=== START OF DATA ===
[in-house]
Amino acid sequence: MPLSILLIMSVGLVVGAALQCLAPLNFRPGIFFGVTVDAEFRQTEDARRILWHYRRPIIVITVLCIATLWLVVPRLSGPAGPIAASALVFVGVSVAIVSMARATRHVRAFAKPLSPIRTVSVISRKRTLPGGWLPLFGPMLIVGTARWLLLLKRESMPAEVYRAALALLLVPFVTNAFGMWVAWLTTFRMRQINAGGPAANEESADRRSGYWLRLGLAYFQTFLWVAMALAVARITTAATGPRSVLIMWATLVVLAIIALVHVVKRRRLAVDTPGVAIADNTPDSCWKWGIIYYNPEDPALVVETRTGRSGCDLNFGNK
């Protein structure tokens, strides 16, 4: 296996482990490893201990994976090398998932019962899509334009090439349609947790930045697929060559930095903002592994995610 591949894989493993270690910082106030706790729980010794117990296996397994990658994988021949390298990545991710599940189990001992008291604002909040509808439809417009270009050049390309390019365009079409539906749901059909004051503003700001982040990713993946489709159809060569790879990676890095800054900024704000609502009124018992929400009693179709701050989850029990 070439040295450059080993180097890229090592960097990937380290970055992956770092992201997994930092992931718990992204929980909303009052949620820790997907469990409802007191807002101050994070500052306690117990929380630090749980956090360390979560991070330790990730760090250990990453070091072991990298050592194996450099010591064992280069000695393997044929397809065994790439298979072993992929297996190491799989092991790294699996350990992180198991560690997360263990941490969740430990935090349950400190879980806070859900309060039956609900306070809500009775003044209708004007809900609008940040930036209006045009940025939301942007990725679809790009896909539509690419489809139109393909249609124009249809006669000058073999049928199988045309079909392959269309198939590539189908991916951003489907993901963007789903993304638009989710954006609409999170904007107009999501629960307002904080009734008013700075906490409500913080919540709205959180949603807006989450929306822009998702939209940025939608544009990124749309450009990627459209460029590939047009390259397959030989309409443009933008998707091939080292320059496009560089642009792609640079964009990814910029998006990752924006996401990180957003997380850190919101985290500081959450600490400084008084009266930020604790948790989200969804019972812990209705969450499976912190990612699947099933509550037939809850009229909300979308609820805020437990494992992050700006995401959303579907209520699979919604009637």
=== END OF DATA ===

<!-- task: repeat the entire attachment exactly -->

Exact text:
[in-house]
Amino acid sequence: MPLSILLIMSVGLVVGAALQCLAPLNFRPGIFFGVTVDAEFRQTEDARRILWHYRRPIIVITVLCIATLWLVVPRLSGPAGPIAASALVFVGVSVAIVSMARATRHVRAFAKPLSPIRTVSVISRKRTLPGGWLPLFGPMLIVGTARWLLLLKRESMPAEVYRAALALLLVPFVTNAFGMWVAWLTTFRMRQINAGGPAANEESADRRSGYWLRLGLAYFQTFLWVAMALAVARITTAATGPRSVLIMWATLVVLAIIALVHVVKRRRLAVDTPGVAIADNTPDSCWKWGIIYYNPEDPALVVETRTGRSGCDLNFGNK
């Protein structure tokens, strides 16, 4: 296996482990490893201990994976090398998932019962899509334009090439349609947790930045697929060559930095903002592994995610 591949894989493993270690910082106030706790729980010794117990296996397994990658994988021949390298990545991710599940189990001992008291604002909040509808439809417009270009050049390309390019365009079409539906749901059909004051503003700001982040990713993946489709159809060569790879990676890095800054900024704000609502009124018992929400009693179709701050989850029990 070439040295450059080993180097890229090592960097990937380290970055992956770092992201997994930092992931718990992204929980909303009052949620820790997907469990409802007191807002101050994070500052306690117990929380630090749980956090360390979560991070330790990730760090250990990453070091072991990298050592194996450099010591064992280069000695393997044929397809065994790439298979072993992929297996190491799989092991790294699996350990992180198991560690997360263990941490969740430990935090349950400190879980806070859900309060039956609900306070809500009775003044209708004007809900609008940040930036209006045009940025939301942007990725679809790009896909539509690419489809139109393909249609124009249809006669000058073999049928199988045309079909392959269309198939590539189908991916951003489907993901963007789903993304638009989710954006609409999170904007107009999501629960307002904080009734008013700075906490409500913080919540709205959180949603807006989450929306822009998702939209940025939608544009990124749309450009990627459209460029590939047009390259397959030989309409443009933008998707091939080292320059496009560089642009792609640079964009990814910029998006990752924006996401990180957003997380850190919101985290500081959450600490400084008084009266930020604790948790989200969804019972812990209705969450499976912190990612699947099933509550037939809850009229909300979308609820805020437990494992992050700006995401959303579907209520699979919604009637």